Thursday, 18 July 2013

Red Llama in the process

This post has some pictures of current build, a Red Llama with mod, for a friend. Because I'm building this for someone and not for myself, I have pay extra attention to detail. Here are some photos and some ways to make sure there is a solid connection between the component and the board.

For all the builds on this site, I use IvIark's layouts. Go check out his site for amazing layouts!
Here is were I started off. I didn't document the drilling and linking of the board because it's not that important. When ever there is an IC included in the circuit, I like to use sockets. These are really useful because out of all the components, the IC has the most chance to get damaged. If this happens, I can simply remove the bad IC and put in a new one without heating up the soldering iron! Unless you use more than the required voltage, 9v from a batterie or power supply, than the chance of frying the IC is very slim.
The IC used in this pedal is a CMOS Hex Inverter (CD4049UBE) which has 16 pins.
With the pins being so close to each other, it is important not to make any solder bridges between the strips. If this happens, you can easily take an exacto knife and score the lines in between the copper strips. To make sure there are no solder bridges, I still cut the lines to be certain, even if the solder joints look good, which they do :P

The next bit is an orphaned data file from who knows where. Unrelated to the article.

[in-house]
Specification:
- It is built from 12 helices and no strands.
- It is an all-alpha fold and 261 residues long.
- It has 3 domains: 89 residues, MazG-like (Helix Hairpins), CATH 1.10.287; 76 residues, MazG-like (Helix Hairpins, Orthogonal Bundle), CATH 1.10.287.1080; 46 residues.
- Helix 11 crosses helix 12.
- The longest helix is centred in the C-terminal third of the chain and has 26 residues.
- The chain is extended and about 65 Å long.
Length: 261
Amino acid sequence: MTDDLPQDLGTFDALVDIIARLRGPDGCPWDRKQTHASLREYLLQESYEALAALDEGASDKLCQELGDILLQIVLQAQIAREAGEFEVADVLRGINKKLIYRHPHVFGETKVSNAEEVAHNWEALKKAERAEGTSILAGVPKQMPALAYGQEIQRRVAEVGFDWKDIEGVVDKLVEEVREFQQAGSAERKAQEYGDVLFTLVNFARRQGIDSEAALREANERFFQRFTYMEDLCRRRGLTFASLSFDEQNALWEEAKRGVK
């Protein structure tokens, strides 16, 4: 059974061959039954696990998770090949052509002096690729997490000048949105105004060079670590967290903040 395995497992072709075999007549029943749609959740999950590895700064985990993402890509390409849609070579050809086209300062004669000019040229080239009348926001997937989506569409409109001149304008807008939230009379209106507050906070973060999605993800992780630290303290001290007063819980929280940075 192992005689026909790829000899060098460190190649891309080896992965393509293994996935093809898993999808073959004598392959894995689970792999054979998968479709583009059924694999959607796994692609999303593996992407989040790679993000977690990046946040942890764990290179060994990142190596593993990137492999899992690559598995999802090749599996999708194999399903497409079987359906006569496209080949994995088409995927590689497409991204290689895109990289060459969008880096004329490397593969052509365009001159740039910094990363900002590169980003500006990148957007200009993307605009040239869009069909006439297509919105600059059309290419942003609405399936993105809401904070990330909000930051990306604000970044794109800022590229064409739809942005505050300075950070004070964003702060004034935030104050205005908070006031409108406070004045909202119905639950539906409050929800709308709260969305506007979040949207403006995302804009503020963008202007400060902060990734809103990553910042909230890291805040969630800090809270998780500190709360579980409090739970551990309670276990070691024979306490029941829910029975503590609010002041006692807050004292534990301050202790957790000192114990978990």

With all the resistors, I used the volt meter to measure its value. Even though they come in labeled bags, I checked to make sure they are the right resistance and that they work correctly.
Here are some photos of the board with all the components in.

As you can see, everything is nice and neat, just the way I like it.

With ever build, my soldering skills increase tremendously. These are the best solder joints I've ever done!
The mod that I am doing is not to complicated. Simply, the switch can switch between two resistors which as a results increases the gain of the pedal.
To switch between two components, the easiest way is to get a DPDT on/on toggle switch. Them Solder the two components to the outer lugs and leave the two middle lugs blank, like in the photo. Now the two middle lugs will have wire coming out of them that connects to the original placement of the resistor, like in the diagram above.
I soldered the resistors so that they are out of the way and are unexposed.

These are only a few of the many techniques I used to make sure that I soldered the components correctly. I'm trying to put as much care into this project as possible so the friend I am making it for is pleased and impressed with the level of craftsmanship. 

No comments:

Post a Comment